However, if there is potential measurement error in the coeﬃcient obtained from estimating (14) would be biased toward zero for standard errors-in-variables reasons (just as regressing consumption on actual income yields a downward-biased estimate of the response of consumption to permanent income), which means that the estimate of would be biased toward 1 (i.e. the omniscient model in which everyone adjusts all the time). Under these circumstances, direct estimation of (14) would not be a reliable way to estimate .
For estimation methods that get around this problem see Sommer (2007), Carroll, Sommer, and Slacalek (2011), Carroll, Otsuka, and Slacalek (2011). Those papers consistently ﬁnd that the proportion of updaters is about per quarter, so that the serial correlation of ‘true’ consumption growth is about per quarter.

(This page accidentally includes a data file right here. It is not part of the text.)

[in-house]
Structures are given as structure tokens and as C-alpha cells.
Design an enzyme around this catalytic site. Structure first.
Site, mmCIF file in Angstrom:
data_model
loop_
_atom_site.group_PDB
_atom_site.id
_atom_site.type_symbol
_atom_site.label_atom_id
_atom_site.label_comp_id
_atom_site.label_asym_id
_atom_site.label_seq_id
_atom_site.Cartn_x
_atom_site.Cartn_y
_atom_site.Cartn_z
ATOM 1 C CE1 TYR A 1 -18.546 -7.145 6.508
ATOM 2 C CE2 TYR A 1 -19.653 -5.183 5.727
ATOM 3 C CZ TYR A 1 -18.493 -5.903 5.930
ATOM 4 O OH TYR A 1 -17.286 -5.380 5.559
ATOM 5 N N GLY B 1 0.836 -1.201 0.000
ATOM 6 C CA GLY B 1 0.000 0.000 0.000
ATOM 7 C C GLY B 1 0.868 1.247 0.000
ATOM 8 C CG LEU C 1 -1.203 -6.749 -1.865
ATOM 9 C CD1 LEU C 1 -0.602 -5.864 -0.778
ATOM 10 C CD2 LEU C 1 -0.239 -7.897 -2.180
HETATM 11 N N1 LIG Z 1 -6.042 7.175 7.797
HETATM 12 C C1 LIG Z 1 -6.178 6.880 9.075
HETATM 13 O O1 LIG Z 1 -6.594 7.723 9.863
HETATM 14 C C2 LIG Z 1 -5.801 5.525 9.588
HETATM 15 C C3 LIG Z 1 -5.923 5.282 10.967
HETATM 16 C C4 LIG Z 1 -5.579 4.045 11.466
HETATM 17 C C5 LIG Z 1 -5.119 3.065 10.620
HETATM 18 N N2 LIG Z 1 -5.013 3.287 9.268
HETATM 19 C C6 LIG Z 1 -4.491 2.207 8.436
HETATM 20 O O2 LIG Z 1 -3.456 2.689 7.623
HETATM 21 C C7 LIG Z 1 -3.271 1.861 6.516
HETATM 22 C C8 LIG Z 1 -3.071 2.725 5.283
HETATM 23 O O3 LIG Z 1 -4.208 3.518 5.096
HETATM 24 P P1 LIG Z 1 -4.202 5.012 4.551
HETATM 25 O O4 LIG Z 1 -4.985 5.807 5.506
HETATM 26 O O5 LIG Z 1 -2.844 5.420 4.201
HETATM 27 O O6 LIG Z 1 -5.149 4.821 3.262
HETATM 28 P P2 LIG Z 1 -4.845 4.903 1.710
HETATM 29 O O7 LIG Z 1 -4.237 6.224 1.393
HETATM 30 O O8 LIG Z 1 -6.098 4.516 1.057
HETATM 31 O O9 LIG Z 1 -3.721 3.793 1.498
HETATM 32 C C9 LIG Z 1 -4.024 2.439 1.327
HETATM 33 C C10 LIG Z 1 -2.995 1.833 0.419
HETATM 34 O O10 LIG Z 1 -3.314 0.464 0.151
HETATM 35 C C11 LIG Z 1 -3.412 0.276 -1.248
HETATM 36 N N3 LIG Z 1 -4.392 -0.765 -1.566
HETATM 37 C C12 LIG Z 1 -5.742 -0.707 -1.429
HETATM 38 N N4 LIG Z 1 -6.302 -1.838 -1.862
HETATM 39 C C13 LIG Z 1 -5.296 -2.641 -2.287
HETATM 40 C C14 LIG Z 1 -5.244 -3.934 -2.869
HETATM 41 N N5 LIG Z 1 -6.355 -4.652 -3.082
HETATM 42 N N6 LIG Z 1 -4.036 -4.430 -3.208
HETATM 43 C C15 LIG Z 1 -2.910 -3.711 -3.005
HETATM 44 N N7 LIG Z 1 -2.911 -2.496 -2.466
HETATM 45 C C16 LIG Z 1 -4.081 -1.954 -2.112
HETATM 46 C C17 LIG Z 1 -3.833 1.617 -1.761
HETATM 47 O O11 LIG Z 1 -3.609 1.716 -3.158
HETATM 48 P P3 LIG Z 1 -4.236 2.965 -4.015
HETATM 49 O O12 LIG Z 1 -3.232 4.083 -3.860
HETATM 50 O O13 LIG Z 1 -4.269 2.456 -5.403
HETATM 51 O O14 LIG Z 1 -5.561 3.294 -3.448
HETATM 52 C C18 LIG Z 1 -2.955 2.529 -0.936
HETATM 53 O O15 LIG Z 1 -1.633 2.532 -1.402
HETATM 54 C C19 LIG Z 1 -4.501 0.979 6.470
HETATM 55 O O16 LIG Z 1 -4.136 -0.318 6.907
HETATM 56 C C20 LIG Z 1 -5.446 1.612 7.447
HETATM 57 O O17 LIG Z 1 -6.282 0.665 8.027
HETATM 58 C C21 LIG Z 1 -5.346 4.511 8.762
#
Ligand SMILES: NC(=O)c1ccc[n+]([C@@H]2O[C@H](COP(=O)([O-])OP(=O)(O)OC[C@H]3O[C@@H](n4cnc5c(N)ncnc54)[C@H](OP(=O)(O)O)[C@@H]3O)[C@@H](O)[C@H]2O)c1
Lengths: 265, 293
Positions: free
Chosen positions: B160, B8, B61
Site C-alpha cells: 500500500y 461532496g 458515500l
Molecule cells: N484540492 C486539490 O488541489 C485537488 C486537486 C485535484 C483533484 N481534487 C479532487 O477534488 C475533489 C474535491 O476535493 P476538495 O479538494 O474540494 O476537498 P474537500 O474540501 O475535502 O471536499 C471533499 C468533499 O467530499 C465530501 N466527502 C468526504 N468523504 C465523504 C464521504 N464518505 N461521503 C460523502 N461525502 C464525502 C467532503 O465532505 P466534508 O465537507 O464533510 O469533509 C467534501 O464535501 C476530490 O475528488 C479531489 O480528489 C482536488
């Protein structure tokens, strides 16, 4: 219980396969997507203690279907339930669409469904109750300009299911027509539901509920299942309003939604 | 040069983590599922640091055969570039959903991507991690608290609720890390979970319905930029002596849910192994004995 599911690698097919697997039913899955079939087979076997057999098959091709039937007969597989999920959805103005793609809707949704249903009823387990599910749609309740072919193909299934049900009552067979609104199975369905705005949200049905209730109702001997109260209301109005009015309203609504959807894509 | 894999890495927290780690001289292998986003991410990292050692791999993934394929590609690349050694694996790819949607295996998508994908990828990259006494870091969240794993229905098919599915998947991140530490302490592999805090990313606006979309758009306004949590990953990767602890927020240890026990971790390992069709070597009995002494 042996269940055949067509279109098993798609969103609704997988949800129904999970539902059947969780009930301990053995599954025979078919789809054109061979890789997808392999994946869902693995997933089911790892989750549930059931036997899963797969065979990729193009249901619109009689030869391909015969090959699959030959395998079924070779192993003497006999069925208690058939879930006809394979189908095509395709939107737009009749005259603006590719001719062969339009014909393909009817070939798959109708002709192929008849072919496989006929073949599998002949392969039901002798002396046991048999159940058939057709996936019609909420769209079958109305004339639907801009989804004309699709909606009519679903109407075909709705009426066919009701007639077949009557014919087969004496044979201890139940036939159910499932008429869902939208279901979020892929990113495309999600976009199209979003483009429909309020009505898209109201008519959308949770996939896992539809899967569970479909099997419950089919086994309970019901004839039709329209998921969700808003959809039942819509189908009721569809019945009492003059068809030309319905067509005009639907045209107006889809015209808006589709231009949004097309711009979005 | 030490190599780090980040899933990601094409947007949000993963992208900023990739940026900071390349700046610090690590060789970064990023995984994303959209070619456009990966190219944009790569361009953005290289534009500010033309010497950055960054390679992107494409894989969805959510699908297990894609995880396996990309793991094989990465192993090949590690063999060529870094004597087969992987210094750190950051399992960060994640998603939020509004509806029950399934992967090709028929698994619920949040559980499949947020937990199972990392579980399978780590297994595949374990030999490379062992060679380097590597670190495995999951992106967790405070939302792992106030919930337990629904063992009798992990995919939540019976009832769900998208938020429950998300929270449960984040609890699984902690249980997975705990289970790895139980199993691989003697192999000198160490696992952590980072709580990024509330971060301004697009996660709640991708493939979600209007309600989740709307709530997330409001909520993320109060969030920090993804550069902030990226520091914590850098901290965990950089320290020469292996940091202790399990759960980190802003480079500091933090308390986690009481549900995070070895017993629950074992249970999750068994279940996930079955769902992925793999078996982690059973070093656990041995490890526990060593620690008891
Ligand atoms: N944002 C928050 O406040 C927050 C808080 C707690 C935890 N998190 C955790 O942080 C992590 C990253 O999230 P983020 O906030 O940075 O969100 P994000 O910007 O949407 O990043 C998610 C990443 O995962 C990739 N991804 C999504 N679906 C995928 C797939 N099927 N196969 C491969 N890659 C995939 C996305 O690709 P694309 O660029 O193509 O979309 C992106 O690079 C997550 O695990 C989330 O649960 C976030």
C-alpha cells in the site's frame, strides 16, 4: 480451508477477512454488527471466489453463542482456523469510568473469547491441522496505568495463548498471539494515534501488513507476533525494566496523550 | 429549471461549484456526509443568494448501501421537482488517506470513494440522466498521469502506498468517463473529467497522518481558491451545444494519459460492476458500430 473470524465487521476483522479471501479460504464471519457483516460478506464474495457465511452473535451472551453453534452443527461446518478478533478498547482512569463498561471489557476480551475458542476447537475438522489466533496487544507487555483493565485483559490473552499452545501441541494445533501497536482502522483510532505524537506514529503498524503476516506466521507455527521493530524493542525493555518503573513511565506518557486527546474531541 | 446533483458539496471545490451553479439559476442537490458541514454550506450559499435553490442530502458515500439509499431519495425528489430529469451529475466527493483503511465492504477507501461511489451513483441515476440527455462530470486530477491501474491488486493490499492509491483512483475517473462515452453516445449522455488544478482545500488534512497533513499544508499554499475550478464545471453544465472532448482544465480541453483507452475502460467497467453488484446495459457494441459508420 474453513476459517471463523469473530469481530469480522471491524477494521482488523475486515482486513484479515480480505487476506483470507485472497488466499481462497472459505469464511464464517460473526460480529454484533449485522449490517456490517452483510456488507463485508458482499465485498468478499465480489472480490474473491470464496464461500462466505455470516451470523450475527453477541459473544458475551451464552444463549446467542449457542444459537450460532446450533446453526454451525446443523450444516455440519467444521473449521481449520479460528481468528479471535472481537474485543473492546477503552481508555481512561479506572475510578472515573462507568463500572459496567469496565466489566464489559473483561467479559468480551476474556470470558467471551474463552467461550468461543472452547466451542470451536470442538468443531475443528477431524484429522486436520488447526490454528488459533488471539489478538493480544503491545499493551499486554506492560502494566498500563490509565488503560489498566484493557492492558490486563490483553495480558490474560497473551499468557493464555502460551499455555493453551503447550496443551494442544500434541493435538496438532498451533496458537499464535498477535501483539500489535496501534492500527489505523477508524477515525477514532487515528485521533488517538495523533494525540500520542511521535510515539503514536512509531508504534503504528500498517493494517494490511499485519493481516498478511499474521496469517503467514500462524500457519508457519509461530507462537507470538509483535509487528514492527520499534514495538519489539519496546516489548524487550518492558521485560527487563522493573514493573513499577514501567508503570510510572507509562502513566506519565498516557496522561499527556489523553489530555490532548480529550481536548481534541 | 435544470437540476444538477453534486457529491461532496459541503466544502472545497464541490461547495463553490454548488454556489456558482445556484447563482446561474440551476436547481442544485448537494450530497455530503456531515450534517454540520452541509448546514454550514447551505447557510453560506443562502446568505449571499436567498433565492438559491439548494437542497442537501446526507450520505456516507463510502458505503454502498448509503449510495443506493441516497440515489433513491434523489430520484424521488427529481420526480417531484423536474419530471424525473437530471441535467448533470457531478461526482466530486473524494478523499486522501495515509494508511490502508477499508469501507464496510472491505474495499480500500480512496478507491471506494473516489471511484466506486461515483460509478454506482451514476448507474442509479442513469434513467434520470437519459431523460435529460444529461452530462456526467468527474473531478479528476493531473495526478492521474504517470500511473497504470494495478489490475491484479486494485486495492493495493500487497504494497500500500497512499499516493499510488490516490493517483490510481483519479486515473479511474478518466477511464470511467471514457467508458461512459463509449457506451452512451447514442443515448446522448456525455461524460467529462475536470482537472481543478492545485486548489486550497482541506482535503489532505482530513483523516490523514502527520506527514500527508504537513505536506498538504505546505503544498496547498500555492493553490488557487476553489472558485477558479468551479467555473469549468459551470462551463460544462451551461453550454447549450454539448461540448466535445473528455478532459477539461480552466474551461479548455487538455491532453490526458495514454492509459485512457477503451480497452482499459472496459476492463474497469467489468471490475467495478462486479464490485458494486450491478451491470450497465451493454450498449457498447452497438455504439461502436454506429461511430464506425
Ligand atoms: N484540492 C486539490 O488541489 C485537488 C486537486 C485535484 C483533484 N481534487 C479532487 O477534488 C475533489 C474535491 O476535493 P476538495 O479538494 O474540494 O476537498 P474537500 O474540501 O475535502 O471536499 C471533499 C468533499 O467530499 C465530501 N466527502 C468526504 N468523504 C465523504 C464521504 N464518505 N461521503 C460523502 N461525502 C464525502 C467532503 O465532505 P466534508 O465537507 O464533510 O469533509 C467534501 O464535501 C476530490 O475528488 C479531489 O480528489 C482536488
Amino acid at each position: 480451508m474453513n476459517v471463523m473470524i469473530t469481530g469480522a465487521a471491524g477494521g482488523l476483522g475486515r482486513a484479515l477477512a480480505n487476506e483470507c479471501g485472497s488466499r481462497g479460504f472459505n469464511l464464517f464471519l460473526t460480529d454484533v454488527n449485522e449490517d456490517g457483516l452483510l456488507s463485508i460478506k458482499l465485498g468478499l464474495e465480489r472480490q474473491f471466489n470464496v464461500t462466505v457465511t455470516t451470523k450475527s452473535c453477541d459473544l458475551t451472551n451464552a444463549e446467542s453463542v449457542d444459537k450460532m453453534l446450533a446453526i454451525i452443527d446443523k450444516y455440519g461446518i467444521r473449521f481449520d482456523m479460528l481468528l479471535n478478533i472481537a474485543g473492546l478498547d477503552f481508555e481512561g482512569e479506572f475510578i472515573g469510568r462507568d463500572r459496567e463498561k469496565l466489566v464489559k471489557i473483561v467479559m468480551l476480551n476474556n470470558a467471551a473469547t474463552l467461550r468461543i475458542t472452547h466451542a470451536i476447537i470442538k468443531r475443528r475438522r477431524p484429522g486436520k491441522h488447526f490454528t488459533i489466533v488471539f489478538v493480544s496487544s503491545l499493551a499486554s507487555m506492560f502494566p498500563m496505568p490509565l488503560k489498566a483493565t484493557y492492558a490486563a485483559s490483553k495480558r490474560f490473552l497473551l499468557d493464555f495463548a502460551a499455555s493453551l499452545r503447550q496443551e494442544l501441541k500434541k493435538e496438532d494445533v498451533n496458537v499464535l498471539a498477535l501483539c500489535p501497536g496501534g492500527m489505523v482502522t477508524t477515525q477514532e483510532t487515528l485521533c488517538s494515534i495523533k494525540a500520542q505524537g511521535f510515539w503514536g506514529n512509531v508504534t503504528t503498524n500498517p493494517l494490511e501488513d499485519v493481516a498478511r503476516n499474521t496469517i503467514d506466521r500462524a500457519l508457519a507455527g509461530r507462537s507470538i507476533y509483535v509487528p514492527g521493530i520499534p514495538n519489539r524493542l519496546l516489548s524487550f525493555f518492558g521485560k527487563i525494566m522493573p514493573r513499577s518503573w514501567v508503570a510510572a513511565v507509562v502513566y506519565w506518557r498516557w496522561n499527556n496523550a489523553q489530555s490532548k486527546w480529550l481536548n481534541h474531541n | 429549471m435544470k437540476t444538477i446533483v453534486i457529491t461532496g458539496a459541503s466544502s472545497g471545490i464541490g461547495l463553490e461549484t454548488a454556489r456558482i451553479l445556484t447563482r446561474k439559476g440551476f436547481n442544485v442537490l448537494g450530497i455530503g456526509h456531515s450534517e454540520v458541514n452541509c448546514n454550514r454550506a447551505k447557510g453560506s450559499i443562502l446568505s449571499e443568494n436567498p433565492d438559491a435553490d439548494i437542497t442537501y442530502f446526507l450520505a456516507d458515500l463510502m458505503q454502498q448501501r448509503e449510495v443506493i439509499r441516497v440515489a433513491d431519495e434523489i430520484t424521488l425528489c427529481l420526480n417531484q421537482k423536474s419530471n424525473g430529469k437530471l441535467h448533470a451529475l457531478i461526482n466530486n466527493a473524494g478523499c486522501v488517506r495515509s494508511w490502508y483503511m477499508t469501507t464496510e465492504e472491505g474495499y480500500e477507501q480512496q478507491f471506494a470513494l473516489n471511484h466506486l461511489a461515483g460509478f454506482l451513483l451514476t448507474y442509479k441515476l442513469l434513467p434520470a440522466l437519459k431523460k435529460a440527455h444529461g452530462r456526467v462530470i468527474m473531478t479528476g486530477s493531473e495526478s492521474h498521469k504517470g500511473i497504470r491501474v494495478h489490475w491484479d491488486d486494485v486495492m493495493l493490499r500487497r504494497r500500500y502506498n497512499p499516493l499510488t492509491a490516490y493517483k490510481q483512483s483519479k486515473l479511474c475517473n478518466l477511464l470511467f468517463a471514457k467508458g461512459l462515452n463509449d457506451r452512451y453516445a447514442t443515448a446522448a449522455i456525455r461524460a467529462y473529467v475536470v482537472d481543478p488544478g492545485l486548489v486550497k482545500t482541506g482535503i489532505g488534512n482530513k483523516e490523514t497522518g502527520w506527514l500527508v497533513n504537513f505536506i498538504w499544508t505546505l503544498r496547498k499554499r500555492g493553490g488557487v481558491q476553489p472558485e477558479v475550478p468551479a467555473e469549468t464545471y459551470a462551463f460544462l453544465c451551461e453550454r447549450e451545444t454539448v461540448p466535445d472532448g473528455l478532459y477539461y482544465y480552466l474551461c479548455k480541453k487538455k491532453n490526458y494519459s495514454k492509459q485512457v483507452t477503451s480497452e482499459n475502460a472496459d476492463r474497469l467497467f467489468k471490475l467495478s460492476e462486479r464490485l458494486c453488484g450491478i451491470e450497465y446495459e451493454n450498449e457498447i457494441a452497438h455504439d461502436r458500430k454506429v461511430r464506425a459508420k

Carroll, Christopher D., Martin Sommer, and Jiri Slacalek (2011): “International Evidence on Sticky Consumption Growth,” Review of Economics and Statistics, 93(4), 1135–1145, http://econ.jhu.edu/people/ccarroll/papers/cssIntlStickyC/.
Hall, Robert E. (1978): “Stochastic Implications of the Life-Cycle/Permanent Income Hypothesis: Theory and Evidence,” Journal of Political Economy, 96, 971–87, Available at http://www.stanford.edu/~rehall/Stochastic-JPE-Dec-1978.pdf.
This appendix provides additional derivations and notation useful for simulating the model. One way of interpreting consumers’ behavior in this model is to attribute to them the beliefs that would rationalize their actions. Deﬁne as the level of wealth (human and nonhuman) that the consumer perceives. Then the Deaton deﬁnition of the permanent income hypothesis is that
and the reason consumption follows a random walk is that is precisely the amount that ensures that .